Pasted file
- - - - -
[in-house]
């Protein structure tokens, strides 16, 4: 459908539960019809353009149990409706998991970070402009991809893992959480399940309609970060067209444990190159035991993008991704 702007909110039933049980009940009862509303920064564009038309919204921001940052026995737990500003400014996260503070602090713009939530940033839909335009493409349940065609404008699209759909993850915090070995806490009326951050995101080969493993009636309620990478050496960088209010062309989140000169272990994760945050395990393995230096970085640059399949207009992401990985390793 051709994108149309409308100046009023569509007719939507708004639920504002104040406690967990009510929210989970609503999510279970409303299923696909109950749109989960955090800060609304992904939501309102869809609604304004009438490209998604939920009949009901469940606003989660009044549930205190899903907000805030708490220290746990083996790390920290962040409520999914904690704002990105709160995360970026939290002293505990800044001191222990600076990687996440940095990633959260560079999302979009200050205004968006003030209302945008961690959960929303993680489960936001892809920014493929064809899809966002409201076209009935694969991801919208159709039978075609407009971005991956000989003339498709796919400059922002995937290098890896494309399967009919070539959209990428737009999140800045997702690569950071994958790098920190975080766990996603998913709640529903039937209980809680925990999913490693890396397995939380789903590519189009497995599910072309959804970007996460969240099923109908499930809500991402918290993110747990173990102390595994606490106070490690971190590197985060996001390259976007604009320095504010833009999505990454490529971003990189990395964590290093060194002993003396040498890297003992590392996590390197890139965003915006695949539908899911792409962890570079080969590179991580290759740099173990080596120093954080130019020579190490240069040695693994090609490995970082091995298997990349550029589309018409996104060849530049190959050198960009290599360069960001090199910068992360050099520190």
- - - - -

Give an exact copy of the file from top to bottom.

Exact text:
[in-house]
């Protein structure tokens, strides 16, 4: 459908539960019809353009149990409706998991970070402009991809893992959480399940309609970060067209444990190159035991993008991704 702007909110039933049980009940009862509303920064564009038309919204921001940052026995737990500003400014996260503070602090713009939530940033839909335009493409349940065609404008699209759909993850915090070995806490009326951050995101080969493993009636309620990478050496960088209010062309989140000169272990994760945050395990393995230096970085640059399949207009992401990985390793 051709994108149309409308100046009023569509007719939507708004639920504002104040406690967990009510929210989970609503999510279970409303299923696909109950749109989960955090800060609304992904939501309102869809609604304004009438490209998604939920009949009901469940606003989660009044549930205190899903907000805030708490220290746990083996790390920290962040409520999914904690704002990105709160995360970026939290002293505990800044001191222990600076990687996440940095990633959260560079999302979009200050205004968006003030209302945008961690959960929303993680489960936001892809920014493929064809899809966002409201076209009935694969991801919208159709039978075609407009971005991956000989003339498709796919400059922002995937290098890896494309399967009919070539959209990428737009999140800045997702690569950071994958790098920190975080766990996603998913709640529903039937209980809680925990999913490693890396397995939380789903590519189009497995599910072309959804970007996460969240099923109908499930809500991402918290993110747990173990102390595994606490106070490690971190590197985060996001390259976007604009320095504010833009999505990454490529971003990189990395964590290093060194002993003396040498890297003992590392996590390197890139965003915006695949539908899911792409962890570079080969590179991580290759740099173990080596120093954080130019020579190490240069040695693994090609490995970082091995298997990349550029589309018409996104060849530049190959050198960009290599360069960001090199910068992360050099520190």